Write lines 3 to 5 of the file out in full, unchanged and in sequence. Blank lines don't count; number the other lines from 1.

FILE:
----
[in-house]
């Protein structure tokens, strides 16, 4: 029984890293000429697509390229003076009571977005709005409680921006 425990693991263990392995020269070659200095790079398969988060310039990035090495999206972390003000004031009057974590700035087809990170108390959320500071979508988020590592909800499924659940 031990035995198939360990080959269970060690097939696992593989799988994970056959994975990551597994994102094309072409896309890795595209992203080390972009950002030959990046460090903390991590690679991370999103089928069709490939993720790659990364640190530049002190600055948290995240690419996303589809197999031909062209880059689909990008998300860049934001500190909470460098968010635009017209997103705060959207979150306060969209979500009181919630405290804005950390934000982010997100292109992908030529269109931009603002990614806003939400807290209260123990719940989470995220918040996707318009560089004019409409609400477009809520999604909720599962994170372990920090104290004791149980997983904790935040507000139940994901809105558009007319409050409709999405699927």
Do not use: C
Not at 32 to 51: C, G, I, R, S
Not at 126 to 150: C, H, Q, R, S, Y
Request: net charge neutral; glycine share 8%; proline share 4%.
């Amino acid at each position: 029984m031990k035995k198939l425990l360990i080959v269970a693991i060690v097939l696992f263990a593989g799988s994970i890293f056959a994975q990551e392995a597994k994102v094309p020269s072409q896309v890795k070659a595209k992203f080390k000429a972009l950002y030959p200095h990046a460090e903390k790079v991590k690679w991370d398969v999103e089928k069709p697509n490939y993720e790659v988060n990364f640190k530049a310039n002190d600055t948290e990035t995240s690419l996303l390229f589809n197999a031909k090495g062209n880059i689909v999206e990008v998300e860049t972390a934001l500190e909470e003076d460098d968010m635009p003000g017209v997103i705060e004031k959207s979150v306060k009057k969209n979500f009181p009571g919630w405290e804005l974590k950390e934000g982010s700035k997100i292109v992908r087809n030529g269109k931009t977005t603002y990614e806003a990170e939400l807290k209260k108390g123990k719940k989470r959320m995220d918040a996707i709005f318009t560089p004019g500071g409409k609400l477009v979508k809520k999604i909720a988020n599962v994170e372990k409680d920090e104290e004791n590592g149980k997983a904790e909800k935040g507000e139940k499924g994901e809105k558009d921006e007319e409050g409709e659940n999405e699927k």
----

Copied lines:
Do not use: C
Not at 32 to 51: C, G, I, R, S
Not at 126 to 150: C, H, Q, R, S, Y